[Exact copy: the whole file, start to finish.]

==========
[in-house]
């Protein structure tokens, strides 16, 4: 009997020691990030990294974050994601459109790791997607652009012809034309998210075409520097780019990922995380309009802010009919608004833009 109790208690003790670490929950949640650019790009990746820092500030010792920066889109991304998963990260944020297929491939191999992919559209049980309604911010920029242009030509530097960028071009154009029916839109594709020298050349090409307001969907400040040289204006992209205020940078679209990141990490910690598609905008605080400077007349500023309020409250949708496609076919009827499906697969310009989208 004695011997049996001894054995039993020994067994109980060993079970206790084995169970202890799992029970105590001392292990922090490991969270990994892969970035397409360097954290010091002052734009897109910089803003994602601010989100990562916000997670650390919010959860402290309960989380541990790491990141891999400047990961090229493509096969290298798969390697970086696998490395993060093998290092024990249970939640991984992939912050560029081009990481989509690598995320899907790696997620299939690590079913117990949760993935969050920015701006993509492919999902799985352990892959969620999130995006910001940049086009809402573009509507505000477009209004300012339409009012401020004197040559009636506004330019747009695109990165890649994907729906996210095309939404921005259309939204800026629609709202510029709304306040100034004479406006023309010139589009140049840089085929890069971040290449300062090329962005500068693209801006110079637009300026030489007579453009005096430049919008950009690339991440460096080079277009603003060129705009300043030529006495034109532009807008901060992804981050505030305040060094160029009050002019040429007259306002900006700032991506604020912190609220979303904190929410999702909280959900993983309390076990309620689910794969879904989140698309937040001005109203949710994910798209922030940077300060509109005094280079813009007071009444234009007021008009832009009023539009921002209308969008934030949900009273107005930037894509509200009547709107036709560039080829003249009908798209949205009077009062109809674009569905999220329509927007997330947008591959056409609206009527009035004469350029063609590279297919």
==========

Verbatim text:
[in-house]
């Protein structure tokens, strides 16, 4: 009997020691990030990294974050994601459109790791997607652009012809034309998210075409520097780019990922995380309009802010009919608004833009 109790208690003790670490929950949640650019790009990746820092500030010792920066889109991304998963990260944020297929491939191999992919559209049980309604911010920029242009030509530097960028071009154009029916839109594709020298050349090409307001969907400040040289204006992209205020940078679209990141990490910690598609905008605080400077007349500023309020409250949708496609076919009827499906697969310009989208 004695011997049996001894054995039993020994067994109980060993079970206790084995169970202890799992029970105590001392292990922090490991969270990994892969970035397409360097954290010091002052734009897109910089803003994602601010989100990562916000997670650390919010959860402290309960989380541990790491990141891999400047990961090229493509096969290298798969390697970086696998490395993060093998290092024990249970939640991984992939912050560029081009990481989509690598995320899907790696997620299939690590079913117990949760993935969050920015701006993509492919999902799985352990892959969620999130995006910001940049086009809402573009509507505000477009209004300012339409009012401020004197040559009636506004330019747009695109990165890649994907729906996210095309939404921005259309939204800026629609709202510029709304306040100034004479406006023309010139589009140049840089085929890069971040290449300062090329962005500068693209801006110079637009300026030489007579453009005096430049919008950009690339991440460096080079277009603003060129705009300043030529006495034109532009807008901060992804981050505030305040060094160029009050002019040429007259306002900006700032991506604020912190609220979303904190929410999702909280959900993983309390076990309620689910794969879904989140698309937040001005109203949710994910798209922030940077300060509109005094280079813009007071009444234009007021008009832009009023539009921002209308969008934030949900009273107005930037894509509200009547709107036709560039080829003249009908798209949205009077009062109809674009569905999220329509927007997330947008591959056409609206009527009035004469350029063609590279297919």